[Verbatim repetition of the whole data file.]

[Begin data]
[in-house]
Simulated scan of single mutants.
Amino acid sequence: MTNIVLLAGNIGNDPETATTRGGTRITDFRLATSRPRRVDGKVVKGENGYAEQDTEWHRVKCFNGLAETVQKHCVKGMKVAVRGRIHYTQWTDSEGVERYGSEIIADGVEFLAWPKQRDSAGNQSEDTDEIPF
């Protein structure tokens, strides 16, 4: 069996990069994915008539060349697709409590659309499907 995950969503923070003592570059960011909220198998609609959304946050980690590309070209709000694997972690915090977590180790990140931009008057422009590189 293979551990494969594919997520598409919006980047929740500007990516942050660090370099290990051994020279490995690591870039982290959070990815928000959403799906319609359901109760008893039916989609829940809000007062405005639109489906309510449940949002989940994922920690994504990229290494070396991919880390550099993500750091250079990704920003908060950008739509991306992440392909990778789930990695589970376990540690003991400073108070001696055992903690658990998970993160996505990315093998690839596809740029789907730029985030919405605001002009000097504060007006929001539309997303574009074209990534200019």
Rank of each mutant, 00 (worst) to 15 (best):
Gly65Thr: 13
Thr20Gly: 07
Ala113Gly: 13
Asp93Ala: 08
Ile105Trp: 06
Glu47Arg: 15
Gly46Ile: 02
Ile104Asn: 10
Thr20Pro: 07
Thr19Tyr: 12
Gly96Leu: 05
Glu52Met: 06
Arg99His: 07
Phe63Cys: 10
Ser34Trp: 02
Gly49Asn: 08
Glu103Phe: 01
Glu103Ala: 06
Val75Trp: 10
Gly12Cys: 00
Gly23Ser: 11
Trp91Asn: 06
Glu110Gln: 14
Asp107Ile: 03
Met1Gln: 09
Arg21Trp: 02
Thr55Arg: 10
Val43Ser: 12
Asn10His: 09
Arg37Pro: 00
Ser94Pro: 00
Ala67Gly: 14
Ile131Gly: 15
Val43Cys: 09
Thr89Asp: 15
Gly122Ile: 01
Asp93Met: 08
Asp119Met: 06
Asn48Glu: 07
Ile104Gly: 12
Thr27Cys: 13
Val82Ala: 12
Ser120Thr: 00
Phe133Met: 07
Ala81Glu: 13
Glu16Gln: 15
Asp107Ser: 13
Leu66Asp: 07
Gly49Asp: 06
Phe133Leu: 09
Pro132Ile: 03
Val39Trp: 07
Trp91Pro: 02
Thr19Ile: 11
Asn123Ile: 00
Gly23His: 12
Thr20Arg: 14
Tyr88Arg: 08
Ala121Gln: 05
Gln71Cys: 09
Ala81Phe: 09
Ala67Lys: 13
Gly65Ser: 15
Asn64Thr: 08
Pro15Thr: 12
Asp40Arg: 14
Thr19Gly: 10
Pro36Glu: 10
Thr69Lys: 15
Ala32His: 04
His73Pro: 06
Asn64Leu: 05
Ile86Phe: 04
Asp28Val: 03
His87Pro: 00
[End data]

[in-house]
Simulated scan of single mutants.
Amino acid sequence: MTNIVLLAGNIGNDPETATTRGGTRITDFRLATSRPRRVDGKVVKGENGYAEQDTEWHRVKCFNGLAETVQKHCVKGMKVAVRGRIHYTQWTDSEGVERYGSEIIADGVEFLAWPKQRDSAGNQSEDTDEIPF
């Protein structure tokens, strides 16, 4: 069996990069994915008539060349697709409590659309499907 995950969503923070003592570059960011909220198998609609959304946050980690590309070209709000694997972690915090977590180790990140931009008057422009590189 293979551990494969594919997520598409919006980047929740500007990516942050660090370099290990051994020279490995690591870039982290959070990815928000959403799906319609359901109760008893039916989609829940809000007062405005639109489906309510449940949002989940994922920690994504990229290494070396991919880390550099993500750091250079990704920003908060950008739509991306992440392909990778789930990695589970376990540690003991400073108070001696055992903690658990998970993160996505990315093998690839596809740029789907730029985030919405605001002009000097504060007006929001539309997303574009074209990534200019």
Rank of each mutant, 00 (worst) to 15 (best):
Gly65Thr: 13
Thr20Gly: 07
Ala113Gly: 13
Asp93Ala: 08
Ile105Trp: 06
Glu47Arg: 15
Gly46Ile: 02
Ile104Asn: 10
Thr20Pro: 07
Thr19Tyr: 12
Gly96Leu: 05
Glu52Met: 06
Arg99His: 07
Phe63Cys: 10
Ser34Trp: 02
Gly49Asn: 08
Glu103Phe: 01
Glu103Ala: 06
Val75Trp: 10
Gly12Cys: 00
Gly23Ser: 11
Trp91Asn: 06
Glu110Gln: 14
Asp107Ile: 03
Met1Gln: 09
Arg21Trp: 02
Thr55Arg: 10
Val43Ser: 12
Asn10His: 09
Arg37Pro: 00
Ser94Pro: 00
Ala67Gly: 14
Ile131Gly: 15
Val43Cys: 09
Thr89Asp: 15
Gly122Ile: 01
Asp93Met: 08
Asp119Met: 06
Asn48Glu: 07
Ile104Gly: 12
Thr27Cys: 13
Val82Ala: 12
Ser120Thr: 00
Phe133Met: 07
Ala81Glu: 13
Glu16Gln: 15
Asp107Ser: 13
Leu66Asp: 07
Gly49Asp: 06
Phe133Leu: 09
Pro132Ile: 03
Val39Trp: 07
Trp91Pro: 02
Thr19Ile: 11
Asn123Ile: 00
Gly23His: 12
Thr20Arg: 14
Tyr88Arg: 08
Ala121Gln: 05
Gln71Cys: 09
Ala81Phe: 09
Ala67Lys: 13
Gly65Ser: 15
Asn64Thr: 08
Pro15Thr: 12
Asp40Arg: 14
Thr19Gly: 10
Pro36Glu: 10
Thr69Lys: 15
Ala32His: 04
His73Pro: 06
Asn64Leu: 05
Ile86Phe: 04
Asp28Val: 03
His87Pro: 00